ISSN 1849-9031 (Online)

ISSN 1849-8922    (Print)

Duodenal neuroendocrine tumors (d-NETs): challenges in diagnosis and treatment.
Mateja Strinović, Ivan Kruljac, Nina Dabelić, Marko Nikolić, Neven Ljubičić, Jakša Filipović Čugura, Ljubica Vazdar, Jasmina Marić Brozić, Davor Kust, Petra Petranović Ovčariček, Vedrana Gladić Nenadić, Domagoj Marjan, Monika Ulamec, Alma Demirović, Andrija Miculinić, Milan Vrkljan.

Abstract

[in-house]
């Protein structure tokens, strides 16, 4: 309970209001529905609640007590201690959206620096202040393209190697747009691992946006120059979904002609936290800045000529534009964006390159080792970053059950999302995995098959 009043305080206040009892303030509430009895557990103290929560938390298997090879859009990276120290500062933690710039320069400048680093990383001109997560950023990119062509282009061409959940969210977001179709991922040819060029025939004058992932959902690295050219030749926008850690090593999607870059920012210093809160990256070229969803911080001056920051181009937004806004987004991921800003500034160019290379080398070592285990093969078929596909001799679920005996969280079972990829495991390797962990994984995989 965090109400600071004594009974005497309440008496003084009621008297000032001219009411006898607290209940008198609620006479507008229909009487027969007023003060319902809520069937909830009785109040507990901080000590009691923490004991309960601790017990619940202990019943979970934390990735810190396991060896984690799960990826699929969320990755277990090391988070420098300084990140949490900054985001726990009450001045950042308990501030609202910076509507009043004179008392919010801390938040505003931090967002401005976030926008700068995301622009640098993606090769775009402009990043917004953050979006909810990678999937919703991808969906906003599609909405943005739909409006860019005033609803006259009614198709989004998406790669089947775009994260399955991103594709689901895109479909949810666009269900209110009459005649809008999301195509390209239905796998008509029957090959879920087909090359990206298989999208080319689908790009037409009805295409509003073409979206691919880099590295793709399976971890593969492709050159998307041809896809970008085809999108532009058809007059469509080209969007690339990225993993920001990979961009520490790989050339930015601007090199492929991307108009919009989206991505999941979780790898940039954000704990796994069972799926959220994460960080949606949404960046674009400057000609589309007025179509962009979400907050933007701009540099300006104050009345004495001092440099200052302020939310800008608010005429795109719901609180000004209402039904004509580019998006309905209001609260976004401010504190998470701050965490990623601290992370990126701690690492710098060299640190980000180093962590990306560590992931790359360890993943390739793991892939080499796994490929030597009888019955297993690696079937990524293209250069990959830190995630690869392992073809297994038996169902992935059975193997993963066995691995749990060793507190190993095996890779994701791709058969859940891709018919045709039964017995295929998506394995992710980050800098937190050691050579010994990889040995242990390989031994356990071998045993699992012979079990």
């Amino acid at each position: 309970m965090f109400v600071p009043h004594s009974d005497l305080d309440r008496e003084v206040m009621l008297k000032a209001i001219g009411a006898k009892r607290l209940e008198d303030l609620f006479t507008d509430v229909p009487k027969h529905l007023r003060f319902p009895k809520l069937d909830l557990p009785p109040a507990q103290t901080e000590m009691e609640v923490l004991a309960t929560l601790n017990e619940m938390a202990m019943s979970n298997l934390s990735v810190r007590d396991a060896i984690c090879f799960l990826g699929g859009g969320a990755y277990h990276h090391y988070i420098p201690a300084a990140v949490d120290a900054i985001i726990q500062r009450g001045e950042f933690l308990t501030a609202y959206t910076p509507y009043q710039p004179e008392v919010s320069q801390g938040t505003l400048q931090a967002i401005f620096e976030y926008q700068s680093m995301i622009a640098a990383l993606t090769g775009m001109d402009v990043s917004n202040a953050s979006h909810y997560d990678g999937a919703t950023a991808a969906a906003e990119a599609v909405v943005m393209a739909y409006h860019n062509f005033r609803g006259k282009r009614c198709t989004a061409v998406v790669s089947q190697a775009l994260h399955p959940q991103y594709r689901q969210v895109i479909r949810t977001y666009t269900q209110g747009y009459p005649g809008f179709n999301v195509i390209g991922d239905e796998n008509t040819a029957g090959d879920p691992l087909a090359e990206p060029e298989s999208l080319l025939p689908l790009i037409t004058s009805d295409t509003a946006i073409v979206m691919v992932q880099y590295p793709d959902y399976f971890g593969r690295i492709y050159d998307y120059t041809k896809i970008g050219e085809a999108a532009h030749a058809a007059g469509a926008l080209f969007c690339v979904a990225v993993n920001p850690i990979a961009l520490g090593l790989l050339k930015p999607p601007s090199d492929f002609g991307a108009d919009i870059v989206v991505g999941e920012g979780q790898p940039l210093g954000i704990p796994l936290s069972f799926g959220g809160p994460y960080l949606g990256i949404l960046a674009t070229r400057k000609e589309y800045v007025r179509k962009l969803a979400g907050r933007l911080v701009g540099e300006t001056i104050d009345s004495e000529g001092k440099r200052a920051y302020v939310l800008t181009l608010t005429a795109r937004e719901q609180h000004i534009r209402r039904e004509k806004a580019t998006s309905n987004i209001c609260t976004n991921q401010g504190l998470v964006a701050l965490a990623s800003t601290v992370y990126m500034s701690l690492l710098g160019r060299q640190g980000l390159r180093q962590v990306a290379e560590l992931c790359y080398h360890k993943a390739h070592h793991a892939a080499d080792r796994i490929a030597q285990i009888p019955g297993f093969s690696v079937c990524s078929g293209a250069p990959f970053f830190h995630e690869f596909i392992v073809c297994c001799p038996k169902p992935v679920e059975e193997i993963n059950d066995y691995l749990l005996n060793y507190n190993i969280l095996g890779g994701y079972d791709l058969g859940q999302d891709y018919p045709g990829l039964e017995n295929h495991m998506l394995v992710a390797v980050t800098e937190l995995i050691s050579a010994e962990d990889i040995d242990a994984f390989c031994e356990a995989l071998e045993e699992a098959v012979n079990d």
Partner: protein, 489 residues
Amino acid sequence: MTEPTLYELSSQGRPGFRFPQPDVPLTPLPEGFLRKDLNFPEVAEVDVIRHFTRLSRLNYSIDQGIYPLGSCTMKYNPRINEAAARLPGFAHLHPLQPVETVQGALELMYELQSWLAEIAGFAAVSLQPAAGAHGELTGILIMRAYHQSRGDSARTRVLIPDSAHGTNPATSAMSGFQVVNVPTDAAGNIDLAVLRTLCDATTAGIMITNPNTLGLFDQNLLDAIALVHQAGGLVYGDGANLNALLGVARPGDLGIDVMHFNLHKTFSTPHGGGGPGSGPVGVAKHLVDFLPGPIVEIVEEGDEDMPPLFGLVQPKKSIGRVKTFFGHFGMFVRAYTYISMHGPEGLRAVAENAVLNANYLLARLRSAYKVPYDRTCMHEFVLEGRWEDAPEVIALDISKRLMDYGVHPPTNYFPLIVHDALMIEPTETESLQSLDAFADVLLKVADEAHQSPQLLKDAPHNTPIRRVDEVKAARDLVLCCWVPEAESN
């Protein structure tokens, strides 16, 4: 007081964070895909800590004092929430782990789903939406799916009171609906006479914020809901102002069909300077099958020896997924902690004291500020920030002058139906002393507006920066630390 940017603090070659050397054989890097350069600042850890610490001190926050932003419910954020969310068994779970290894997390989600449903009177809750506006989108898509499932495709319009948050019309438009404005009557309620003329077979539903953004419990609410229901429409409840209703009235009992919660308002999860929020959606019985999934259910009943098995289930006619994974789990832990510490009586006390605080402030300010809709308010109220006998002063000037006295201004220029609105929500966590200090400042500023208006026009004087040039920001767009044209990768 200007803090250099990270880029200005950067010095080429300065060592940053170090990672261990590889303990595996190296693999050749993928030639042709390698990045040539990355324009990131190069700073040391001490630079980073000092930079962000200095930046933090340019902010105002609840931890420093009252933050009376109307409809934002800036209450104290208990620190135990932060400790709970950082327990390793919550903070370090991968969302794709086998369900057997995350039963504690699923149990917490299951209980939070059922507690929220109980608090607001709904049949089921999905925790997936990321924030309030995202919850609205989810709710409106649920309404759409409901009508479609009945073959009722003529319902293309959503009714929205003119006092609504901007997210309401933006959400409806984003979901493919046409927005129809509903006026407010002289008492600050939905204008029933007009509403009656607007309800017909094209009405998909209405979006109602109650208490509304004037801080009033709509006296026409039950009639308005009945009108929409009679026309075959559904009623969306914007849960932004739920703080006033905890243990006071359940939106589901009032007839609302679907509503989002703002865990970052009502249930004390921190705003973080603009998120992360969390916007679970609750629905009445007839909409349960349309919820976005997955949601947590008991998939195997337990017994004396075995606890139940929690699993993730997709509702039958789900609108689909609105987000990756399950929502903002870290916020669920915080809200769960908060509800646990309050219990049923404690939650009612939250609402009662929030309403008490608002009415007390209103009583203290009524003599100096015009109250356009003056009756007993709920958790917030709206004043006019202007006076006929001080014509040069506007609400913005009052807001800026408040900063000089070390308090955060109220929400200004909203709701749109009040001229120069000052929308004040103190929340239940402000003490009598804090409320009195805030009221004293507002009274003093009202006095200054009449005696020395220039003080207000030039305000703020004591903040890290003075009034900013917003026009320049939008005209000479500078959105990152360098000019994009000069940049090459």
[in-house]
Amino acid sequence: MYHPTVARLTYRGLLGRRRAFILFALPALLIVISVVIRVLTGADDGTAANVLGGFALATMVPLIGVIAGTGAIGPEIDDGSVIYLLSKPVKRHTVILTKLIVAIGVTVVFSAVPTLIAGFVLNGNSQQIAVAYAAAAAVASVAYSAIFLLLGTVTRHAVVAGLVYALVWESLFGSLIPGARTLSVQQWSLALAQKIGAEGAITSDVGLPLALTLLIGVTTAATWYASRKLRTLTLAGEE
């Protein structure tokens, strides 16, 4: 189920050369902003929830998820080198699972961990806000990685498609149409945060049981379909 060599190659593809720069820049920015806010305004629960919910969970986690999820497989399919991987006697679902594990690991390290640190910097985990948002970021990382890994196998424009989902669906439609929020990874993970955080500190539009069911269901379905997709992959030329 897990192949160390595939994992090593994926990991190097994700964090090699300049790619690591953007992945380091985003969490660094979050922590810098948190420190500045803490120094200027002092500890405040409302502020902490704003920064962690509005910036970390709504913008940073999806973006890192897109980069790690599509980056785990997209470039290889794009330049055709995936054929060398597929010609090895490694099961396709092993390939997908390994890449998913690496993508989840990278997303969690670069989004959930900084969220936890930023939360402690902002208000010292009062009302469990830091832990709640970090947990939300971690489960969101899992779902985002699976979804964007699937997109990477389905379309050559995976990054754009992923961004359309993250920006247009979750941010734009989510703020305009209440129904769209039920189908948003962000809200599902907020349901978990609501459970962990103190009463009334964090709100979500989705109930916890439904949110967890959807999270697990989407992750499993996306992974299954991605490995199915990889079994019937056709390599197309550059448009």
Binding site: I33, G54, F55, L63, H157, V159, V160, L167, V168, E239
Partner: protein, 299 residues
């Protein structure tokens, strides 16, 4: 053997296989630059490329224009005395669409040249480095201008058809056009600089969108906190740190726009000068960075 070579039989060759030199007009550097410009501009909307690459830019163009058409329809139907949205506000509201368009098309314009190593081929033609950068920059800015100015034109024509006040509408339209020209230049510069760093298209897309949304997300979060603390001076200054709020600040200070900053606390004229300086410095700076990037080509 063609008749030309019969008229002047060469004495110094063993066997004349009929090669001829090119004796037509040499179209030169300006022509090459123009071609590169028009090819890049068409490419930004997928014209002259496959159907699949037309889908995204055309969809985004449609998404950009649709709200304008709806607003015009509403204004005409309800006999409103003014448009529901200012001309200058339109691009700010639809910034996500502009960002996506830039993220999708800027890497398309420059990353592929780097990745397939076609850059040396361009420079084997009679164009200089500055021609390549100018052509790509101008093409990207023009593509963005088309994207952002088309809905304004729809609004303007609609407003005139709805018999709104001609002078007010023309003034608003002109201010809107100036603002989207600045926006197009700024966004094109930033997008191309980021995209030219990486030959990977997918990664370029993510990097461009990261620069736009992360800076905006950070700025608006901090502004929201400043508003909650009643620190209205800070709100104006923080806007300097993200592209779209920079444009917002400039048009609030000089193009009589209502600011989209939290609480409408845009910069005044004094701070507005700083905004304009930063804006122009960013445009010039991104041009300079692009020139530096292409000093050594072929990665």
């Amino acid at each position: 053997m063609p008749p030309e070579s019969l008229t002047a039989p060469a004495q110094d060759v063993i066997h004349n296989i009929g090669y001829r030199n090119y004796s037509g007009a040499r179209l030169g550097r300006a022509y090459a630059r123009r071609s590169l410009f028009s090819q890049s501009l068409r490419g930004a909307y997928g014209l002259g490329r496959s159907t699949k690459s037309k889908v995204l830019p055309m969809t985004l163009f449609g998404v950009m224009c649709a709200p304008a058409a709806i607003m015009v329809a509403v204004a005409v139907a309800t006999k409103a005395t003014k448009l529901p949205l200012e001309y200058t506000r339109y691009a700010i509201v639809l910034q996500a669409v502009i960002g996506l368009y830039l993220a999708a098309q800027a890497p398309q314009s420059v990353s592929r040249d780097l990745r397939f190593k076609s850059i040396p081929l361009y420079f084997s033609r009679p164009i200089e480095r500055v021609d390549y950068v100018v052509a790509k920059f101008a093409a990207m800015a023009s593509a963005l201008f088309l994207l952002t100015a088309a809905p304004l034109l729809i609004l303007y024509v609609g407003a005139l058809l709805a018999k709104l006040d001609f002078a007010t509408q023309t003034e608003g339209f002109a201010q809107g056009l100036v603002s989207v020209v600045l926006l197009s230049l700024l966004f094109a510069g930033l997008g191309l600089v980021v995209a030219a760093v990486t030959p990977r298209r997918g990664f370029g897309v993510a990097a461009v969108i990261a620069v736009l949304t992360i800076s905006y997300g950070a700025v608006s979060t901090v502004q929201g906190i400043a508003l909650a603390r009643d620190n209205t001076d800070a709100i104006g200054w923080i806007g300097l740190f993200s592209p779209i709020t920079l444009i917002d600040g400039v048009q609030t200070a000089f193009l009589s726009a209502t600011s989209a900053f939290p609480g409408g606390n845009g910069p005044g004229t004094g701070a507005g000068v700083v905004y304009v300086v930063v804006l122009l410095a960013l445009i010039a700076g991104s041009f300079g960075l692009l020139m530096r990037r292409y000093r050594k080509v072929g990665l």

Duodenal neuroendocrine tumors (d-NETs) represent 2% of all gastroenteropancreatic neuroendocrine neoplasms. Approximately 40 to 60% of patients at the time of diagnosis have metastases to regional lymph nodes and 10% have liver metastases. D-NETs are mostly incidentally discovered during upper gastrointestinal endoscopy as solitary lesions confined to the mucosa and submucosa. The majority of d-NETs are non-functional, but 10% are gastrinomas and less than 4% present with typical carcinoid syndrome. Measurement of serum gastrin and chromogranin A and screening for the MEN-1 syndrome is mandatory in all patients, while 5-HIAA should be measured only in case of typical symptoms. Magnetic resonance imaging (MRI) may be used to assess tumor spread and to detect primary tumor. Endoscopic ultrasound should be routinely used only for patients who are candidates for endoscopic treatment. Approximately 50% of patients have positive findings on somatostatin receptor scintigraphy (SRS), which should be used only in patients with metastatic disease. Treatment of d-NETs is controversial. Further studies are mandatory in order to detect patients who would benefit from radical surgery, which is associated with high mortality and morbidity rates. Current knowledge suggests that all tumors larger than 20 mm in diameter, sporadic gastrinomas and all periampulary dNETs must undergo radical surgery. Endoscopic mucosal resection is treatment of choice for G1 d-NETs smaller than 20 mm confined to submucosa. Transduodenal surgical resection may be used for patients with d-NETs invading muscularis propria. Additional surgical interventions are recommended after endoscopic treatment in case of G1 or G2 d-NETs with positive margins, G2 or G3 histological grading, invasion into muscular layer or in case of lymphovascular invasion. In case of metastatic disease, cytoreductive surgery should be considered as it improves overall 5-year survival rates. Somatostatin analogs may be used for G1 and G2 tumors, while cisplatin and etopozide should be used for G3 d-NETs. Everolimus may be effective for patients with G2 d-NETs. Peptide receptor radionuclide therapy may be used for patients with positive SRS and progressive disease.